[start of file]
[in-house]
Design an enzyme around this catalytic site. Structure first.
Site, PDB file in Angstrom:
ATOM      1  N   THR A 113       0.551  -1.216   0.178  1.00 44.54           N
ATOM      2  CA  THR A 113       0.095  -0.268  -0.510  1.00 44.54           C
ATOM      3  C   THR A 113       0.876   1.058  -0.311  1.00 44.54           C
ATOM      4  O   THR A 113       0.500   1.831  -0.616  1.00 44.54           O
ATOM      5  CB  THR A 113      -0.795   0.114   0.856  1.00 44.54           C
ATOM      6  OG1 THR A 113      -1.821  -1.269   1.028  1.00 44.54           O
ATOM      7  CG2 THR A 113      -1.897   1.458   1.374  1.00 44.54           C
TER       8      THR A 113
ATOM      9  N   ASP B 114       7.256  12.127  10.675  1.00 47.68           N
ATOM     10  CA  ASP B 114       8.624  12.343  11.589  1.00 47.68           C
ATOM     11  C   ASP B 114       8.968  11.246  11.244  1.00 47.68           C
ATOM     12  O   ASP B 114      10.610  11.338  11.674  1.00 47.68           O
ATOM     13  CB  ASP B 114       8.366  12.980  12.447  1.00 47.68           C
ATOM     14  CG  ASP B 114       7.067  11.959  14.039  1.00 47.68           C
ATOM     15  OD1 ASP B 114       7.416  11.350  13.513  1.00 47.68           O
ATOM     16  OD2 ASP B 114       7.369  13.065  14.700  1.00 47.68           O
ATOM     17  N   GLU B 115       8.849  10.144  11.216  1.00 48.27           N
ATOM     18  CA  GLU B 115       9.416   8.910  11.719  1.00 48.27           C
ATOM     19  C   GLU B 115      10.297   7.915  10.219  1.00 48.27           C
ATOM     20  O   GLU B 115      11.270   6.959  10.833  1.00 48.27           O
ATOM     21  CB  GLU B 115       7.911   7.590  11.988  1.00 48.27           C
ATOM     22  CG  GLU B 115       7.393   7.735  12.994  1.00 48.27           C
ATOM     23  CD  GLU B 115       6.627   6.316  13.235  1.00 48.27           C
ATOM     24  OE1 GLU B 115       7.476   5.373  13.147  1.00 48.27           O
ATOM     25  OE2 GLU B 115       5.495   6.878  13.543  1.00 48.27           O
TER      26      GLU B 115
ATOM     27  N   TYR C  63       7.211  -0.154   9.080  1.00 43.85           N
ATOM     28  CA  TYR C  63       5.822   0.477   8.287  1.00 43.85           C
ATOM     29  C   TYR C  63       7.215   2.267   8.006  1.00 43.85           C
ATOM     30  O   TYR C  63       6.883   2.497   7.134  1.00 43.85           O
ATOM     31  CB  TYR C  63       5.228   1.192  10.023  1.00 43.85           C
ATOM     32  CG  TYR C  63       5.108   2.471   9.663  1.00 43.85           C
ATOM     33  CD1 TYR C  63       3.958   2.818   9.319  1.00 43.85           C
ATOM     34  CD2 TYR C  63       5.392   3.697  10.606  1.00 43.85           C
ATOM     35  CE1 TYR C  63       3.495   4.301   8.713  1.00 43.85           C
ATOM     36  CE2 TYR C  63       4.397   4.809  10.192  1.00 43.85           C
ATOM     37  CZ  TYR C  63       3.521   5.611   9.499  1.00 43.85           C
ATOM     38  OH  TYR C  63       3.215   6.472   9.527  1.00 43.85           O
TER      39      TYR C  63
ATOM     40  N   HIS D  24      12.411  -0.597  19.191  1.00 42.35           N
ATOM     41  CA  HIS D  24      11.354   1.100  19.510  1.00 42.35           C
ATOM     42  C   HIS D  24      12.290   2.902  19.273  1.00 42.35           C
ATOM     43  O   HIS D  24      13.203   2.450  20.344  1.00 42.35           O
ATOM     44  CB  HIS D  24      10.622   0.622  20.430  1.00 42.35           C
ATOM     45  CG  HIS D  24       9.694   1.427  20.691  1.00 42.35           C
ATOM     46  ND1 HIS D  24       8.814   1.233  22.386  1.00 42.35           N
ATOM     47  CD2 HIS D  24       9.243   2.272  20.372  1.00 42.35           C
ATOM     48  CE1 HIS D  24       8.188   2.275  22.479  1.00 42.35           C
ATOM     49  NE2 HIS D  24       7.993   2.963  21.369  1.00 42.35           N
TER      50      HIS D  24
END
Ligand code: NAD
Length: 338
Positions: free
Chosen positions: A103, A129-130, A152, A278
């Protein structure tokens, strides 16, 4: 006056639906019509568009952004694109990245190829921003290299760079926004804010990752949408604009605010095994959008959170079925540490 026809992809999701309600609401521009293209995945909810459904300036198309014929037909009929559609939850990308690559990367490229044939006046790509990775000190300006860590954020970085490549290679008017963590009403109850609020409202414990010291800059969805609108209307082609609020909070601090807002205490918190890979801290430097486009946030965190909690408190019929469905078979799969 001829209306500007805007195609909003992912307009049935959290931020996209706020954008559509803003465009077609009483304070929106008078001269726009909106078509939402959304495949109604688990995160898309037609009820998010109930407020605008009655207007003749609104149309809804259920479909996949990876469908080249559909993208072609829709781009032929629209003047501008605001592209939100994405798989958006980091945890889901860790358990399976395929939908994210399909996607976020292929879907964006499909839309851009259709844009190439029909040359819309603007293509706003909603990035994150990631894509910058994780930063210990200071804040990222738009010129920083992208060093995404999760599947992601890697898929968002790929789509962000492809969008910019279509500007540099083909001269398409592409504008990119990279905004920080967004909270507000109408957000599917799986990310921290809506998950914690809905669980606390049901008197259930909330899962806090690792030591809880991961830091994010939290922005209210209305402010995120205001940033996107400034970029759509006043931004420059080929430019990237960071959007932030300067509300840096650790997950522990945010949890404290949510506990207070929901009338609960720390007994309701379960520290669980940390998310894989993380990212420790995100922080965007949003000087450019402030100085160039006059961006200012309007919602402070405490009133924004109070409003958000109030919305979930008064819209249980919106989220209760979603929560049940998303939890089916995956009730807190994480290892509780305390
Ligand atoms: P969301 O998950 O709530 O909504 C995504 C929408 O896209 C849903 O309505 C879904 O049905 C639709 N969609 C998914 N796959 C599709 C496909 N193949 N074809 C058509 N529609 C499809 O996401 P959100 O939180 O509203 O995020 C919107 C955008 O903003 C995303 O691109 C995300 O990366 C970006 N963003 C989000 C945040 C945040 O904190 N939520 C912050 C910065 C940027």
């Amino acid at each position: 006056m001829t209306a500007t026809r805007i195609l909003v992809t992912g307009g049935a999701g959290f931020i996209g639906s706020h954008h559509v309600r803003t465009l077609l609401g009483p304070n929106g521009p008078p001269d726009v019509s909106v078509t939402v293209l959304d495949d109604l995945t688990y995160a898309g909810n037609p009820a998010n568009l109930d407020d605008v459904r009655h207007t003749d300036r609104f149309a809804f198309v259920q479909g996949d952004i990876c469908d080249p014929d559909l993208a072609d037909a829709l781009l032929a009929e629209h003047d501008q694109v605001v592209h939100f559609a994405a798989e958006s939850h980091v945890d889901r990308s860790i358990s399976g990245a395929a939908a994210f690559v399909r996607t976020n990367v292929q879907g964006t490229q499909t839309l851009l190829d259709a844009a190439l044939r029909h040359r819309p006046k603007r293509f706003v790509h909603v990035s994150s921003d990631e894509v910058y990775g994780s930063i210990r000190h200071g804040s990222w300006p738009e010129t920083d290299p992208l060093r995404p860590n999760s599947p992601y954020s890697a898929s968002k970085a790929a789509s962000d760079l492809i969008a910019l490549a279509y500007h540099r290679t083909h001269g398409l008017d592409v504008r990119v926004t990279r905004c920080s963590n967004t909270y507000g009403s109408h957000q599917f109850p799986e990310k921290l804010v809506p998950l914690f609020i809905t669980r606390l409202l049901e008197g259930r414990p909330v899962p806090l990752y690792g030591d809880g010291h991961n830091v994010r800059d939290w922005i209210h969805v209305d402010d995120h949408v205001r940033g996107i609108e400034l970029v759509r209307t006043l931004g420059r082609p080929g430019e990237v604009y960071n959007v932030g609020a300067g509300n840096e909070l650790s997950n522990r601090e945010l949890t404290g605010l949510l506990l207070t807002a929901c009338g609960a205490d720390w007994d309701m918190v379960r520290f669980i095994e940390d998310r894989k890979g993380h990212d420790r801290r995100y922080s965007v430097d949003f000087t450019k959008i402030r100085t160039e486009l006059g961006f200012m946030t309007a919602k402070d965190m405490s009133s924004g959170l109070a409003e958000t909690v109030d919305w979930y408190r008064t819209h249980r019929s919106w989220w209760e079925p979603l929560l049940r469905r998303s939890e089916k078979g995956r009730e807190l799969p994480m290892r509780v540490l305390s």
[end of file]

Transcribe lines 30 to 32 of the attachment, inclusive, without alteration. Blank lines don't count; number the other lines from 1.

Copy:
ATOM     27  N   TYR C  63       7.211  -0.154   9.080  1.00 43.85           N
ATOM     28  CA  TYR C  63       5.822   0.477   8.287  1.00 43.85           C
ATOM     29  C   TYR C  63       7.215   2.267   8.006  1.00 43.85           C